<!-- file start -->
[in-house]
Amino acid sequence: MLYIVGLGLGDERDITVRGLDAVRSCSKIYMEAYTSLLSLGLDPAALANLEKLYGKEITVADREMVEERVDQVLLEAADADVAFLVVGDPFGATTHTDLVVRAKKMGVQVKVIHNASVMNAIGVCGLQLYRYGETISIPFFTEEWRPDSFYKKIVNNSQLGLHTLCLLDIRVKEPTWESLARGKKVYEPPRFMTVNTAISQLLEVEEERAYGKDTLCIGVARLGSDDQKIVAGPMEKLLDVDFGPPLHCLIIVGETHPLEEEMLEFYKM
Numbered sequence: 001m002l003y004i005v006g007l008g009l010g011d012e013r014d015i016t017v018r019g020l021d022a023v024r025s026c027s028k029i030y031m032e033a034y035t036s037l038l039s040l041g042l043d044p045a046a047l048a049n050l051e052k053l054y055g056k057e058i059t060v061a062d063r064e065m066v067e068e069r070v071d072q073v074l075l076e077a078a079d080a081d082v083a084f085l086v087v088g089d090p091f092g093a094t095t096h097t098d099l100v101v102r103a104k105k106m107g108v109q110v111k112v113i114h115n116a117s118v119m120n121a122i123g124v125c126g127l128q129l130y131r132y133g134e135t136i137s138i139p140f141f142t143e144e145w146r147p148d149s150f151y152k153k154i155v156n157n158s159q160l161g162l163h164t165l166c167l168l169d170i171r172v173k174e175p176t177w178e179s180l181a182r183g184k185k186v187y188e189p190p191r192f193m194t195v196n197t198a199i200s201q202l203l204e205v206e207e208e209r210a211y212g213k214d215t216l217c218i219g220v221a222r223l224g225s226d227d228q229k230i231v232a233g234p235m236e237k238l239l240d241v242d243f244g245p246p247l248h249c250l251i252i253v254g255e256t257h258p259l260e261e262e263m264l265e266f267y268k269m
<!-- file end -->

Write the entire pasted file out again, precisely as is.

[in-house]
Amino acid sequence: MLYIVGLGLGDERDITVRGLDAVRSCSKIYMEAYTSLLSLGLDPAALANLEKLYGKEITVADREMVEERVDQVLLEAADADVAFLVVGDPFGATTHTDLVVRAKKMGVQVKVIHNASVMNAIGVCGLQLYRYGETISIPFFTEEWRPDSFYKKIVNNSQLGLHTLCLLDIRVKEPTWESLARGKKVYEPPRFMTVNTAISQLLEVEEERAYGKDTLCIGVARLGSDDQKIVAGPMEKLLDVDFGPPLHCLIIVGETHPLEEEMLEFYKM
Numbered sequence: 001m002l003y004i005v006g007l008g009l010g011d012e013r014d015i016t017v018r019g020l021d022a023v024r025s026c027s028k029i030y031m032e033a034y035t036s037l038l039s040l041g042l043d044p045a046a047l048a049n050l051e052k053l054y055g056k057e058i059t060v061a062d063r064e065m066v067e068e069r070v071d072q073v074l075l076e077a078a079d080a081d082v083a084f085l086v087v088g089d090p091f092g093a094t095t096h097t098d099l100v101v102r103a104k105k106m107g108v109q110v111k112v113i114h115n116a117s118v119m120n121a122i123g124v125c126g127l128q129l130y131r132y133g134e135t136i137s138i139p140f141f142t143e144e145w146r147p148d149s150f151y152k153k154i155v156n157n158s159q160l161g162l163h164t165l166c167l168l169d170i171r172v173k174e175p176t177w178e179s180l181a182r183g184k185k186v187y188e189p190p191r192f193m194t195v196n197t198a199i200s201q202l203l204e205v206e207e208e209r210a211y212g213k214d215t216l217c218i219g220v221a222r223l224g225s226d227d228q229k230i231v232a233g234p235m236e237k238l239l240d241v242d243f244g245p246p247l248h249c250l251i252i253v254g255e256t257h258p259l260e261e262e263m264l265e266f267y268k269m